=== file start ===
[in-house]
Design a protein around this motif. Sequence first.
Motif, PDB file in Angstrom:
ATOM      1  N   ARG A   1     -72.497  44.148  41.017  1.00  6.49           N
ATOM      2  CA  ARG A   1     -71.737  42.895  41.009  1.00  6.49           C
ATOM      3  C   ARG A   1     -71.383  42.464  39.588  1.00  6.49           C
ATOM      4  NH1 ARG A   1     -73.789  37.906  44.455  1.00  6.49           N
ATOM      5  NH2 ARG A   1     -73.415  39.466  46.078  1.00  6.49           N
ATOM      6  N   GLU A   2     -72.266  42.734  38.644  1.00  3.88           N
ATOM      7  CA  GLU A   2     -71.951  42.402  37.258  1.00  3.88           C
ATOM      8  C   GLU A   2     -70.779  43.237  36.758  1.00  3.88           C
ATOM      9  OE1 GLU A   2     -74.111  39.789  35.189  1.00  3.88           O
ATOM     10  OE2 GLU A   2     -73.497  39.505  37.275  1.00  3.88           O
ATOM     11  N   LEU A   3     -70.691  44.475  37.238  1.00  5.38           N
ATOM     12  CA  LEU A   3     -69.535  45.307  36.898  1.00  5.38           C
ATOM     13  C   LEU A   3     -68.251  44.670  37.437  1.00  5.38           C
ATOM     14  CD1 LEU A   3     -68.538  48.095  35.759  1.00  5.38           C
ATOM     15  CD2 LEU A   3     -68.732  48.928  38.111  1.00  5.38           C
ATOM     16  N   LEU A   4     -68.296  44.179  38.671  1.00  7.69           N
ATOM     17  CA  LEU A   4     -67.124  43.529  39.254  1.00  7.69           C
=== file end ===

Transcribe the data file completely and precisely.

[in-house]
Design a protein around this motif. Sequence first.
Motif, PDB file in Angstrom:
ATOM      1  N   ARG A   1     -72.497  44.148  41.017  1.00  6.49           N
ATOM      2  CA  ARG A   1     -71.737  42.895  41.009  1.00  6.49           C
ATOM      3  C   ARG A   1     -71.383  42.464  39.588  1.00  6.49           C
ATOM      4  NH1 ARG A   1     -73.789  37.906  44.455  1.00  6.49           N
ATOM      5  NH2 ARG A   1     -73.415  39.466  46.078  1.00  6.49           N
ATOM      6  N   GLU A   2     -72.266  42.734  38.644  1.00  3.88           N
ATOM      7  CA  GLU A   2     -71.951  42.402  37.258  1.00  3.88           C
ATOM      8  C   GLU A   2     -70.779  43.237  36.758  1.00  3.88           C
ATOM      9  OE1 GLU A   2     -74.111  39.789  35.189  1.00  3.88           O
ATOM     10  OE2 GLU A   2     -73.497  39.505  37.275  1.00  3.88           O
ATOM     11  N   LEU A   3     -70.691  44.475  37.238  1.00  5.38           N
ATOM     12  CA  LEU A   3     -69.535  45.307  36.898  1.00  5.38           C
ATOM     13  C   LEU A   3     -68.251  44.670  37.437  1.00  5.38           C
ATOM     14  CD1 LEU A   3     -68.538  48.095  35.759  1.00  5.38           C
ATOM     15  CD2 LEU A   3     -68.732  48.928  38.111  1.00  5.38           C
ATOM     16  N   LEU A   4     -68.296  44.179  38.671  1.00  7.69           N
ATOM     17  CA  LEU A   4     -67.124  43.529  39.254  1.00  7.69           C